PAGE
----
Wednesday, December 9, 2015

New Suez Canal: A hostage of the global economy

The Suez Canal is one of the most important global waterways, with a tenth of the world’s trade passing through it. For Egyptians, the importance of the Suez Canal extends far beyond the thousands of Egyptians who died while digging it 150 years ago. Most Egyptians feel proud when they remember Gamal Abdel-Nasser nationalising the canal in the 1950s to use its proceeds to finance the High Dam in Aswan.

The revenues of the Suez Canal, despite being a strategic national asset, for decades have been too small when compared to its strategic importance. Revenues at best reached little more than $5 billion. For years, experts have been talking about developing the Suez Canal area with master plans proposed to create an added value for the traffic passing, but nothing materialised, at least until recently.

Last year, the Suez Canal region became the focal point of economic development strategy in the country. With the launch of a major development project in the area, people expected it to be for the development of the axis around the canal. They were surprised to find that the development will be directed towards the canal itself, with the widening and deepening of the current waterway, digging a new parallel canal as well as digging a few tunnels under the canal.

The development project, branded the “New Suez Canal”, received huge media coverage as a national project, and LE64 billion worth of investment certificates were raised from the public to finance it. There were still, however, many question about the viability of the mega-ventures from various experts, although the general public was happy to see national projects launched.

Looking at the project from an objective lens, the widening and deepening part looked straightforward: the canal needed to accommodate larger ships, which are becoming the trend in the shipping industry.

Still, digging a new waterway seemed like a very questionable venture. It was supposed to raise the capacity of the canal but the old capacity was not fully used. Saving passing time was an expected outcome, which is definitely positive, but its incremental return is not significant.

Digging tunnels was meant to allow for the smooth flow of people and goods to and from Sinai. It is definitely a positive and will increase local trade as well as development of the Sinai. But digging such tunnels is a long-term infrastructure project.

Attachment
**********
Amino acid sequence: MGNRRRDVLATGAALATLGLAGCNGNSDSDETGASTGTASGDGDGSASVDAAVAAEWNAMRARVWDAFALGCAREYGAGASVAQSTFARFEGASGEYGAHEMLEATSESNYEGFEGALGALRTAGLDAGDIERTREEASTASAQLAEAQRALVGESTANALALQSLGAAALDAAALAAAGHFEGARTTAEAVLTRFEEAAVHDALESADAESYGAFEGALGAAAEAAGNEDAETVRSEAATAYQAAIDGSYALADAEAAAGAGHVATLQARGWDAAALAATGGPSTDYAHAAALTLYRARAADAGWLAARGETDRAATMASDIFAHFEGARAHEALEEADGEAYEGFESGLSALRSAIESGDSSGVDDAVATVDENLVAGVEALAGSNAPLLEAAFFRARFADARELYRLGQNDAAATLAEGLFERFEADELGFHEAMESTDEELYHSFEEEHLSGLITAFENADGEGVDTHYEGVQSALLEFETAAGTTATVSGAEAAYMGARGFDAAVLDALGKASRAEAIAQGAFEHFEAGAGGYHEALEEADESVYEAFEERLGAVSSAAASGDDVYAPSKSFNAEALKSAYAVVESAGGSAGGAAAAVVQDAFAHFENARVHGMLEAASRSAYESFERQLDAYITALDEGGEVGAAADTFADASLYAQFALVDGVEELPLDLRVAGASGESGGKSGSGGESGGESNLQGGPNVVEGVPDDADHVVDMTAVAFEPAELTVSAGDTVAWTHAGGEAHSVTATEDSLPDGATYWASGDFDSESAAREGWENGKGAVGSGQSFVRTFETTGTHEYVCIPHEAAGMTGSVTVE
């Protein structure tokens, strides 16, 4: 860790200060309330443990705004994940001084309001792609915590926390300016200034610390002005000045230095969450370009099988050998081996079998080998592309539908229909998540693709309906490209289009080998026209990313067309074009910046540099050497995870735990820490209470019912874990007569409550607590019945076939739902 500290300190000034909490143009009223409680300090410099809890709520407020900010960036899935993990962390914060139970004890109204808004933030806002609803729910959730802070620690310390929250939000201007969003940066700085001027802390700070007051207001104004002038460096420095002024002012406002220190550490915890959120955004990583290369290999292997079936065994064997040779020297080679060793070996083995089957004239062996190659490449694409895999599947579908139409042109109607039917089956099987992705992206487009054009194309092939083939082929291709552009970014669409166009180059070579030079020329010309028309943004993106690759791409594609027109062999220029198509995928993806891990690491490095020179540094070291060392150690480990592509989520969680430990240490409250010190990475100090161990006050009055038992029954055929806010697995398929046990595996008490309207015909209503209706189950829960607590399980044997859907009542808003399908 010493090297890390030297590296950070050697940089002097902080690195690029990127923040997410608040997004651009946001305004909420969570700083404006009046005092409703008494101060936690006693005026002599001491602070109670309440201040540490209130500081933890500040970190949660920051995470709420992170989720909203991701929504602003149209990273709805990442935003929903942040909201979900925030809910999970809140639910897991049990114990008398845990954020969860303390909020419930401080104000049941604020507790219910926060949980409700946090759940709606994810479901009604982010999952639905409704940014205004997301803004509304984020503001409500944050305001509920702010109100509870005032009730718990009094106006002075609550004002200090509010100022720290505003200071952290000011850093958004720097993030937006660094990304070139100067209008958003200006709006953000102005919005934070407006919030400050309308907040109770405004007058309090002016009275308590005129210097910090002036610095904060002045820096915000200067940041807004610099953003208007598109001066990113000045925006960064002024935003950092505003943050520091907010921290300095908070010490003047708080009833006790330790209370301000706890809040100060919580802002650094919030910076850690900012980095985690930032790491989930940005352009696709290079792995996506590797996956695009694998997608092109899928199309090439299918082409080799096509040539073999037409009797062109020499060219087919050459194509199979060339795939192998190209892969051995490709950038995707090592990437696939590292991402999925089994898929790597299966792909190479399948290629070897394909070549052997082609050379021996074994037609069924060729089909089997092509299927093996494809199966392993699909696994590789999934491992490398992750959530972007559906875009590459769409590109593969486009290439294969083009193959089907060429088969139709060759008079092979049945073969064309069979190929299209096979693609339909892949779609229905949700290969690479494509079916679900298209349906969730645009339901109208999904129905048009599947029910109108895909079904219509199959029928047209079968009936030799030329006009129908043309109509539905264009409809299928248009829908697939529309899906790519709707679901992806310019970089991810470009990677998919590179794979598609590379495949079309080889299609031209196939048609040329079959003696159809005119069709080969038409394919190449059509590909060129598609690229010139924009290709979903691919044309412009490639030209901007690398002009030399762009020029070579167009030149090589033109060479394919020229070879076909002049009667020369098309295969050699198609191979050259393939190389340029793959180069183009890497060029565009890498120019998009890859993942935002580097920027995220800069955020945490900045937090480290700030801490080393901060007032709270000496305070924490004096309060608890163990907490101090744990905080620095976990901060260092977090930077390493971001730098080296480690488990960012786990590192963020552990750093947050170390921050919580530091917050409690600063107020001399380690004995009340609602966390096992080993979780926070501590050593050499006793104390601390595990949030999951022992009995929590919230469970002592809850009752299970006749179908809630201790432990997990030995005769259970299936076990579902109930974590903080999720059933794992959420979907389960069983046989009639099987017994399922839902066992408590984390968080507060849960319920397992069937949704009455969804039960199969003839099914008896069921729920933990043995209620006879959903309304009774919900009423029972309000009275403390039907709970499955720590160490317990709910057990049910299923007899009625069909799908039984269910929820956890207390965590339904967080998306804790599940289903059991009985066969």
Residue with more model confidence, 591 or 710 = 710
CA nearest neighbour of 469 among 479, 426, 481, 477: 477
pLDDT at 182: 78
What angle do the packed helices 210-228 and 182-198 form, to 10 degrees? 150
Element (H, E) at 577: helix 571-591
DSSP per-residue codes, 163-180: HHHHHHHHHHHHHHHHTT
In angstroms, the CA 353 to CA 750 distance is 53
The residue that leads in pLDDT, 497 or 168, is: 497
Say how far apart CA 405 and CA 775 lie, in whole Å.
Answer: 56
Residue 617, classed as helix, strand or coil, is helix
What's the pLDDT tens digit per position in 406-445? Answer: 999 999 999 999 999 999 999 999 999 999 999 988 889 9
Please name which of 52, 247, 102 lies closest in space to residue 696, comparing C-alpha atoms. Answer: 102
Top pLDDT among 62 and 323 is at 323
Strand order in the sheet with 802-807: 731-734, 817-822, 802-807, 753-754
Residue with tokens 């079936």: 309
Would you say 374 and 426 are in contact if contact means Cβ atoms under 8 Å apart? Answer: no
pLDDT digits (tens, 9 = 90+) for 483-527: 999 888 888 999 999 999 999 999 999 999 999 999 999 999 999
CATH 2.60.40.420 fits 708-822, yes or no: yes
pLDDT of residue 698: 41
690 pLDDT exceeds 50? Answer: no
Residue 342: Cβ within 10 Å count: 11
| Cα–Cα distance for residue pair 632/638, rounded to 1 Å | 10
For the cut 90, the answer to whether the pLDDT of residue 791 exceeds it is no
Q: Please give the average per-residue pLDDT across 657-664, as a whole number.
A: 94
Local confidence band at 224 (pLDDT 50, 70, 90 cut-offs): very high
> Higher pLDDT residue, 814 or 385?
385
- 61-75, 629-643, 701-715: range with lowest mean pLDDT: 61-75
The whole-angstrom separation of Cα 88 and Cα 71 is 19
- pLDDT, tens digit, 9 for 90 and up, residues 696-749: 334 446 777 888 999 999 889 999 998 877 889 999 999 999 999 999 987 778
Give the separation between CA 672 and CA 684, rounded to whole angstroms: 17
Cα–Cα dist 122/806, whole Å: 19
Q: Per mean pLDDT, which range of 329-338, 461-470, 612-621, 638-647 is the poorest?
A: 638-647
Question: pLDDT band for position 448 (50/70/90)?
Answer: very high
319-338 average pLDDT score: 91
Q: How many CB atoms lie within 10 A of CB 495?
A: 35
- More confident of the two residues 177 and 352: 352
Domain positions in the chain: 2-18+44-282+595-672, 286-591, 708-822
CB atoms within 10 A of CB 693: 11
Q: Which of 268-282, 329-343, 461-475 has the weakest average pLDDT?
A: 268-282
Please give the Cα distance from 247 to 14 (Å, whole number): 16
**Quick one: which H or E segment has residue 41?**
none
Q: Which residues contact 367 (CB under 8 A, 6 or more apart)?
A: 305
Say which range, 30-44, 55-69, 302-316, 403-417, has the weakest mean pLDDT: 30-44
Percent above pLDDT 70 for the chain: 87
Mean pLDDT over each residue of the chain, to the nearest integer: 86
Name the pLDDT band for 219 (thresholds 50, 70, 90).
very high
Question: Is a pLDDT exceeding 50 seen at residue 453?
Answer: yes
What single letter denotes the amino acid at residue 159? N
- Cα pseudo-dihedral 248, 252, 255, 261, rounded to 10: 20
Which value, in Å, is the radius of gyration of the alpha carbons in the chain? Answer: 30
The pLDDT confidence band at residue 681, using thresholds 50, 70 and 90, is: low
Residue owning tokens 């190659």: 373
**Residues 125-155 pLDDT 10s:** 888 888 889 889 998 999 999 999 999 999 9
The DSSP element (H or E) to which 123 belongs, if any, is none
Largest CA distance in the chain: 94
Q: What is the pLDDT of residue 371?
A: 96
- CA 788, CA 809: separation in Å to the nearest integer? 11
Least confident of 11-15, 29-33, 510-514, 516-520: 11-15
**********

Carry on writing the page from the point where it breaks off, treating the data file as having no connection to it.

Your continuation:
As such, going for nine tunnels in the short or even medium term is questionable, especially at a time of scarce financing and a huge backlog of delayed investment projects across the country.

With the launch of the new canal, reality turned too far from expectations, simply because of the latest dynamics in the global economy. The coincidence of recession in Europe with the economic slowdown in China has resulted in decreased global trade growth, which was reflected in decreased traffic going through the Suez Canal and, accordingly, lower revenues, against all official expectations. Revenues dropped by more than 20 per cent in last fiscal year.

Traffic is dependent on global trade, which has fluctuated over the last decade, growing at around eight per cent during 2004-2007, then declining by more than a tenth during 2008-2009 as a result of the financial crisis, then recovering its losses in 2010-2011.

After that, it maintained a slow growth rate of between two and three per cent during 2012-2014, before declining in 2015. Such developments have been directly reflected in the fluctuation of Suez Canal revenues.

With the current negative trade growth outlook, Suez Canal revenues are not expected to live up to official estimates and will probably stay lower than 2013-2014 levels for the coming couple of years, before global trade picks up again.

The decrease in dollar revenues is definitely bad news for the Central Bank. After deducting interest expenses on the certificates, the net cash going to the government will witness a considerable decline in the short term.